Chronic Obstructive Pulmonary Disease
"Chronic obstructive pulmonary disease (COPD) is characterised by airflow obstruction. The airflow obstruction is usually progressive, not fully reversible and does not change markedly over several months. The disease is predominantly caused by smoking."1
"An estimated three million people are affected by COPD in the UK. About 900,000 have been diagnosed with COPD and an estimated two million people have COPD which remains undiagnosed"1
Management and medication
COPD cannot be cured but effective treatments can improve the quality of life. These can include advice to quit smoking, pulmonary rehabilitation, medication, oxygen therapy, and possibly lung surgery. The main role of medication is to relax and dilate the airways, reduce inflammation and reduce the thickness of sputum, making it easier to cough.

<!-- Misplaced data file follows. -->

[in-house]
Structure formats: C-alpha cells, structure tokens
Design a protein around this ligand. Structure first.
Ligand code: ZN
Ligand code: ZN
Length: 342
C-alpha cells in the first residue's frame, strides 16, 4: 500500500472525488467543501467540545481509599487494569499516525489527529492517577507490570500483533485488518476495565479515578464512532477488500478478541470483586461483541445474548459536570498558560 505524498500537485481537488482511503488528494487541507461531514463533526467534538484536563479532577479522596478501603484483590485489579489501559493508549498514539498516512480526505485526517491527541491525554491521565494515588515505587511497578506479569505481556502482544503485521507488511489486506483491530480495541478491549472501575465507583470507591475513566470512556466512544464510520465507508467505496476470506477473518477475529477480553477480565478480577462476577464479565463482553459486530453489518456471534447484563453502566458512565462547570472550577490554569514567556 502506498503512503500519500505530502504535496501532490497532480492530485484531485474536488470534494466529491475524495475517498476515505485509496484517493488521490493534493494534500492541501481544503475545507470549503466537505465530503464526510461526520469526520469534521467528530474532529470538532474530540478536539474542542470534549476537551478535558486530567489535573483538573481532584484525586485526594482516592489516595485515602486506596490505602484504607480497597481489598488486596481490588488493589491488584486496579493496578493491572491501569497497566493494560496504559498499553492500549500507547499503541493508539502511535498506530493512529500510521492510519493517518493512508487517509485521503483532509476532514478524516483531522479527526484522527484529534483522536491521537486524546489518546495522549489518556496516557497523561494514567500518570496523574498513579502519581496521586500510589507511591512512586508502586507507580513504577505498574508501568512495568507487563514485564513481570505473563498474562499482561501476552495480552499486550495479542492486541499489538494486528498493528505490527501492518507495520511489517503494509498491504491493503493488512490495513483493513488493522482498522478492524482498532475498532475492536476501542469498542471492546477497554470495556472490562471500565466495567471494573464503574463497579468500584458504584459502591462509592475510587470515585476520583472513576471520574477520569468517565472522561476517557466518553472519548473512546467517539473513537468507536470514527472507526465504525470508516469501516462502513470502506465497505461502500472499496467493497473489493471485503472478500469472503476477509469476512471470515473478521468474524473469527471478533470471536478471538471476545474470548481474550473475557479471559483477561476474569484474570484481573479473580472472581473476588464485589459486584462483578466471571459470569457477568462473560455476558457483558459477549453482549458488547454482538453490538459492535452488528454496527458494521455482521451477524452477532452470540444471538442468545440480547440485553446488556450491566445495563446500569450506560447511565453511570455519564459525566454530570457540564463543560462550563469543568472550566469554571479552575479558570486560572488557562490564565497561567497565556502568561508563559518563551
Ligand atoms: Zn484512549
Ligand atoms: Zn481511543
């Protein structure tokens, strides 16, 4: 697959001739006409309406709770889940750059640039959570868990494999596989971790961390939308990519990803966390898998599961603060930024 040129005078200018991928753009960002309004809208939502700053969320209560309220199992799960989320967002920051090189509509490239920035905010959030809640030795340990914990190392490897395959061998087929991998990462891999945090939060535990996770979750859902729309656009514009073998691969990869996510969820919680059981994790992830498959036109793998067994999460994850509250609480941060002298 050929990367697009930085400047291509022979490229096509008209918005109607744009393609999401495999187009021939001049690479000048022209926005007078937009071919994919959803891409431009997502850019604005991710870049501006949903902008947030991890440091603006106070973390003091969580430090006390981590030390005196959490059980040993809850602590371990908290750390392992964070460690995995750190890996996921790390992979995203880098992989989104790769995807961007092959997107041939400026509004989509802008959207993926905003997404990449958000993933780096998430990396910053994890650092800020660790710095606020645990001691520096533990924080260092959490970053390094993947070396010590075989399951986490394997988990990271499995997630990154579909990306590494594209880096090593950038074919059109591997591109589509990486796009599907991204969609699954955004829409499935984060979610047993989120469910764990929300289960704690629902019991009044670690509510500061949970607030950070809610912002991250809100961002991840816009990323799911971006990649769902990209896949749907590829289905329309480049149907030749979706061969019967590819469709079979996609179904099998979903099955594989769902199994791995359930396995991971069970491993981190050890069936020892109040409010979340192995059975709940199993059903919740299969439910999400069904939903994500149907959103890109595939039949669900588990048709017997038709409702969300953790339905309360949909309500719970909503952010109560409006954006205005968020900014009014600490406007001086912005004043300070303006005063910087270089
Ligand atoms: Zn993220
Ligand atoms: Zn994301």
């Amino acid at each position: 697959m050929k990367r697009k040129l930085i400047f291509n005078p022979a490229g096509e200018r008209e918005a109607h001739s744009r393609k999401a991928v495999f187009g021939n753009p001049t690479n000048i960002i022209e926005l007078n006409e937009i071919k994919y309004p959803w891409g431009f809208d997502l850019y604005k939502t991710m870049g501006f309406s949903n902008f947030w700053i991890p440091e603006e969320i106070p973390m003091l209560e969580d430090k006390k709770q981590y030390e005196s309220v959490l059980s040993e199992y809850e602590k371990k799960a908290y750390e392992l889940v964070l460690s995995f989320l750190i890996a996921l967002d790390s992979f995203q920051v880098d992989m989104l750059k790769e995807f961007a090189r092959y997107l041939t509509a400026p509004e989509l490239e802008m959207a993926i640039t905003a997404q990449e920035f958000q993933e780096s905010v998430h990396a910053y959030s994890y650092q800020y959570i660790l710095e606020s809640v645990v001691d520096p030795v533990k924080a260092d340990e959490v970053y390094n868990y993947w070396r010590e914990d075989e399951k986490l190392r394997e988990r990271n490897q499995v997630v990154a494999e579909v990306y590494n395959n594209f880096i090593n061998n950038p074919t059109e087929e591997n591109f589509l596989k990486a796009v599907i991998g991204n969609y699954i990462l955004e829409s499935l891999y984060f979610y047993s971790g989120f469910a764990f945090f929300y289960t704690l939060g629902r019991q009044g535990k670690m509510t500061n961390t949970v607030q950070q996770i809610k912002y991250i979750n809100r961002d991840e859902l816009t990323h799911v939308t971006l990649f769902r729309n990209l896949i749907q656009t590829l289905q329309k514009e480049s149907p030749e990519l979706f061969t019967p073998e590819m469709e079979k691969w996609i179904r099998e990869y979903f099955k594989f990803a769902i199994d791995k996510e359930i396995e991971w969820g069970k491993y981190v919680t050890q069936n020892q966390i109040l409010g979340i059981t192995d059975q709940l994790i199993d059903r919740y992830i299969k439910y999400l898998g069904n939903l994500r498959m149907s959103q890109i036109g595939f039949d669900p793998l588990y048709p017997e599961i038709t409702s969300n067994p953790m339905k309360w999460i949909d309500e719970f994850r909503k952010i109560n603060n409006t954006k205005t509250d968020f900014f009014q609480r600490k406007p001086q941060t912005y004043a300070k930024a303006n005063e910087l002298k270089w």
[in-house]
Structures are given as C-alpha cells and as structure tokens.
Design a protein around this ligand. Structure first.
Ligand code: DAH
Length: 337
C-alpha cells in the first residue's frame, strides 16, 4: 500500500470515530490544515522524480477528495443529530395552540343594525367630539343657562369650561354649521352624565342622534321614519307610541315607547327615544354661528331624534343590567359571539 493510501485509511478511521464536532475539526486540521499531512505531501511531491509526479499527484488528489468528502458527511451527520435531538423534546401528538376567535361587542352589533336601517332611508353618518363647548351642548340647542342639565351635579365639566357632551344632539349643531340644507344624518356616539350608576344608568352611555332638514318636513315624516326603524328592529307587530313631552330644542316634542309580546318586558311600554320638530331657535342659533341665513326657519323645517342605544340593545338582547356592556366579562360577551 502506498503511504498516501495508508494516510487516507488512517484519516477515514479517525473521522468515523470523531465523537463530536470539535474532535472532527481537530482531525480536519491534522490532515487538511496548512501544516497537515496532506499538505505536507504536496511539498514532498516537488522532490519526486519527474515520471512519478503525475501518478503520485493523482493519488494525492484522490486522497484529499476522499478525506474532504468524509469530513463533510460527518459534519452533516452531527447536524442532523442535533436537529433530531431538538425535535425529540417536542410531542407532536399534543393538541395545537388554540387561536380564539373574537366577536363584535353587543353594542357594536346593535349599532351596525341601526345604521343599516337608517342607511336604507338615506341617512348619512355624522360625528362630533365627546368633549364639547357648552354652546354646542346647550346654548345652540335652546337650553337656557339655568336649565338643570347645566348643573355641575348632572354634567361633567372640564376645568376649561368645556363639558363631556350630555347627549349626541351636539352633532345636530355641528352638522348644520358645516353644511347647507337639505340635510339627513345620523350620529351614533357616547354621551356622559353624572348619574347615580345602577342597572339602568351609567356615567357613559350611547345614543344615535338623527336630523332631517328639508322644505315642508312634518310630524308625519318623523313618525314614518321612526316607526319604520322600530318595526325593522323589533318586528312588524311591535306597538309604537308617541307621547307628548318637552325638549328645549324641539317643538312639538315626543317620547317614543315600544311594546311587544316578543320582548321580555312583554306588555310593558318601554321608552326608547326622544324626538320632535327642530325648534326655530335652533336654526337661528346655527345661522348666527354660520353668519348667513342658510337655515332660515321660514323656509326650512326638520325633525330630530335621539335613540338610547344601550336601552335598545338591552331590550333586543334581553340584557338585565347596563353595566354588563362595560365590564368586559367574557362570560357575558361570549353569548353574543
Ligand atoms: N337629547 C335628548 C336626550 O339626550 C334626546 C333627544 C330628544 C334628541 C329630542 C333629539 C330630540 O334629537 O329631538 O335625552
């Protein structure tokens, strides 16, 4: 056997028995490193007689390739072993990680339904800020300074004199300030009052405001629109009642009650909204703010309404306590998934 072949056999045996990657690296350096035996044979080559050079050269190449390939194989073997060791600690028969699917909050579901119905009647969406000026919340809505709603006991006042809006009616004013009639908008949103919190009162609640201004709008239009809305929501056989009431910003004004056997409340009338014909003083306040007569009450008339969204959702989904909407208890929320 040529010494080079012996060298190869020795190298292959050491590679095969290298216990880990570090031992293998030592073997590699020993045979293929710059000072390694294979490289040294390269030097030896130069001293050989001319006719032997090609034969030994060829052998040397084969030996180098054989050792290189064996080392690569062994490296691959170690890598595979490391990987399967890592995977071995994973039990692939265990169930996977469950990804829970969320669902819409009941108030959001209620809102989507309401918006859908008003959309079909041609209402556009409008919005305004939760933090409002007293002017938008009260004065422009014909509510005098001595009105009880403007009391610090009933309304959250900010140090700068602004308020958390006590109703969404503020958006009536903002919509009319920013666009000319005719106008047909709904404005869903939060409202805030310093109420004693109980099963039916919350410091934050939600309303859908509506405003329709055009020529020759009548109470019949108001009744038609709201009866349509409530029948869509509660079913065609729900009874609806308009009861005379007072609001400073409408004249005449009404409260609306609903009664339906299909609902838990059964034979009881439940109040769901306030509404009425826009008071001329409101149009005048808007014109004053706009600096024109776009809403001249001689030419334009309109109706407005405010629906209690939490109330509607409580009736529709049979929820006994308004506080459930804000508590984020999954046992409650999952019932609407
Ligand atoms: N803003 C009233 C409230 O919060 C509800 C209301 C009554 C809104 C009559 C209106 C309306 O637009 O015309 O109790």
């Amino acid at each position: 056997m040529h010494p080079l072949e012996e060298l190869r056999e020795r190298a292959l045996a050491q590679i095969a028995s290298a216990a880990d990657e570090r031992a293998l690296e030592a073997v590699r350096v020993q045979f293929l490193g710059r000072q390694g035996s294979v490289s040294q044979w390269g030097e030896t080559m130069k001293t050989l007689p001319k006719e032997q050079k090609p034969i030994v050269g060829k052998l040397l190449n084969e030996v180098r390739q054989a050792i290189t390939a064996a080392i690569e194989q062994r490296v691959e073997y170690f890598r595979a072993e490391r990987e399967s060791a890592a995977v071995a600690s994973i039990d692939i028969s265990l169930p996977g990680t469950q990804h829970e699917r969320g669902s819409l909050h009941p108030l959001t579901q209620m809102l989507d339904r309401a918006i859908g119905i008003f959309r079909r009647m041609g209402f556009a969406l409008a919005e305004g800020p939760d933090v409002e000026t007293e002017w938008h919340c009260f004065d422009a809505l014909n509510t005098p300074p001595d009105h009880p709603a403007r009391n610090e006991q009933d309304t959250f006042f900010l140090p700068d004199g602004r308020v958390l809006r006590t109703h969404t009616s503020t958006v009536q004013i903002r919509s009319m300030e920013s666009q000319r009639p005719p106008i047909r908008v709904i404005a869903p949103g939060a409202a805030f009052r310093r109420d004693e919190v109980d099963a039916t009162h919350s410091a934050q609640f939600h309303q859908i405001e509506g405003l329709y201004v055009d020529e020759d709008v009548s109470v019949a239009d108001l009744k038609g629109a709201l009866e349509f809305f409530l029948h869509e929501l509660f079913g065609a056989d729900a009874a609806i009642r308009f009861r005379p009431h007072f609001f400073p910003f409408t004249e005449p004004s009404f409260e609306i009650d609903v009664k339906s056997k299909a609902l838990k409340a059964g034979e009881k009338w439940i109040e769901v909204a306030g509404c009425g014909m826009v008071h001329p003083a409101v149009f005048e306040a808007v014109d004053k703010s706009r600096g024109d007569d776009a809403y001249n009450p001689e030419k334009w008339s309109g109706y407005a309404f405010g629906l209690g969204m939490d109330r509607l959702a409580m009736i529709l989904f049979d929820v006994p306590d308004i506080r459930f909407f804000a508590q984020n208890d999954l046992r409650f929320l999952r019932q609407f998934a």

Effects on the exercise response
COPD can make indiiduals less tolerant of exercise. This can be due to a combination of ventilatory limitations, skeletal muscle dysfunction, cardiovascular limitations and psychological factors.
Effects of exercise training
Exercise can improve quality of life in addition to reducing fear, anxiety and depression, improving efficiency of skeletal muscles, and improving the ability of an individual to perform activities of daily living or to return to work.
Guidelines for exercise programming
- NICE Guidance CG101 - COPD diagnosis and management
- American College of Sports Medicine (2009) ACSM's exercise management for persons with chronic diseases and disabilities (3rd Ed) Champaign, IL: Human Kinetics
ACSM Current Comment: Exercise and COPD [full text]
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National Institute of Clinical Excellence (2004) COPD: Management of chronic obstructive pulmonary disease in adults in primary and secondary care. London: NICE [full text]
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